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Summer Sun, Sleepy Students

Try this group project to motivate your students during the hot summer days.

By 3 min read 1

As I sit here in my blazingly hot teachers’ room in my school in Osaka, I am grateful for the small mercy that is the school air conditioning unit. Thankfully, now that temperatures have consistently been over 30 degrees for a few days, my vice principal has deemed it hot enough to switch on the air conditioners, much to everyone’s collective relief.

However, in the classrooms themselves, it is usually at the discretion of the individual teacher whether or not the cooling systems go on, or students are simply expected to “grin and bear it” as it were. Putting this as diplomatically as I can, let’s just say that for some of my colleagues, the idea of what constitutes “too hot” is quite different from my own ideas of excessive heat.

As a result, sweaty, overheated classrooms with students even more surly and apathetic than usual will pretty much be the norm from now until September, when things begin to cool a little once again. For any teacher, especially for a subject requiring as much unbroken concentration as English does, this can be extremely problematic.

So, how does the conscientious English teacher maintain a working and productive classroom in these conditions? It’s a puzzle that almost all English teachers in Japan will struggle with over the next couple of months.

Here is one idea to help get those students more motivated.

Of all the grades of students I teach, I find that my junior high school 3rd graders are perhaps the most apathetic. The lower level students have already given up by this point and conceded that English is beyond them. Conversely the higher level students are too concerned with the impending high school entrance exams, many of which don’t even have a speaking element to them.

To overcome these twin handicaps, I have got my kids into project work. Prior to coming to Japan I worked as magazine editor, among other things, in Hong Kong. I found magazine journalism, with its mix of writing styles, diverse content base and genuinely intriguing day to day changes in topics to be something far more interesting than usual coursework. So, I’ve got my 3rd graders working on their own class magazines.

To keep it simple, each student only needs to write an article of between 150-200 words. In return for their hard work, during the 5 or 6 weeks of downtime I have in the summer, I will edit their writing into a coherent publication that they can keep as a souvenir of their final year at school. It may also make an interesting folio piece they can present at future further education or job interviews. Certainly my own high school magazine played a big part in helping me land my first job as a newspaper copyboy when I was 16.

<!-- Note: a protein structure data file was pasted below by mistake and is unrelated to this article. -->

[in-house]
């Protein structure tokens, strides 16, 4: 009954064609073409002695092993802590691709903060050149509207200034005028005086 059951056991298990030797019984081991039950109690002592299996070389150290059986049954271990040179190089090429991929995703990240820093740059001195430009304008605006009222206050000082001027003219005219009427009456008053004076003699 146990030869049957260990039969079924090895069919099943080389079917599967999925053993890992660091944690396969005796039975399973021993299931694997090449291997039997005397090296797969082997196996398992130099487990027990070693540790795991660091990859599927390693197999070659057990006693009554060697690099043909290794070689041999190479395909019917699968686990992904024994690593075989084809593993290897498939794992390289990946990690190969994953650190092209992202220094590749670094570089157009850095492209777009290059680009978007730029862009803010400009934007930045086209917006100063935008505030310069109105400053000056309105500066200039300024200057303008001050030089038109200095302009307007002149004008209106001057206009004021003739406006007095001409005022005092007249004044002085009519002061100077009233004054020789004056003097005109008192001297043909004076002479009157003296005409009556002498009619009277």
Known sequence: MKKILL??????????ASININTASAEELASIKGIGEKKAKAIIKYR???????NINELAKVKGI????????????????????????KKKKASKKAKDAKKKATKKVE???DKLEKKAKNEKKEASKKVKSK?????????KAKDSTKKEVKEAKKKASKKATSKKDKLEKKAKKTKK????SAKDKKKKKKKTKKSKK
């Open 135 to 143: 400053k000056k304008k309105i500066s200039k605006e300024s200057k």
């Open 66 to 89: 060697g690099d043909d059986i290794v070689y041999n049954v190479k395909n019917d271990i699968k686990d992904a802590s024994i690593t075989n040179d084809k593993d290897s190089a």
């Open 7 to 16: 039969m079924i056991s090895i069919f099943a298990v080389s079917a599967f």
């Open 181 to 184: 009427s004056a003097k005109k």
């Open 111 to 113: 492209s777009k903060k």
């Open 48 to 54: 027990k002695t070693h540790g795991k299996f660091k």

Editing the magazine together isn’t that difficult either. If your computer has MS Publisher, or a similar open source software, you can throw a magazine together in a couple of hours.
Of course, our English classes are supposed to be communicative, so my Japanese colleagues were, at least in the beginning, a bit reluctant to do what ostensibly appears to be a purely written activity.

However, there is much more to the journalistic craft than just writing. I’ve got my students having group discussions, brainstorming ideas together, and then presenting those ideas to their classmates during our weekly “news conference”. The kids were a bit reluctant at first, but so long as you let them write about the things that interest them, motivation remains relatively high.

I’m not going to lie and say that a magazine project is a magic bullet to solve the problem of student lethargy, but please consider giving it a try. You may be surprised by the results.

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  • Geoff Steele says:

    This is a great idea. Students will remember this kind of stuff. Nice work!



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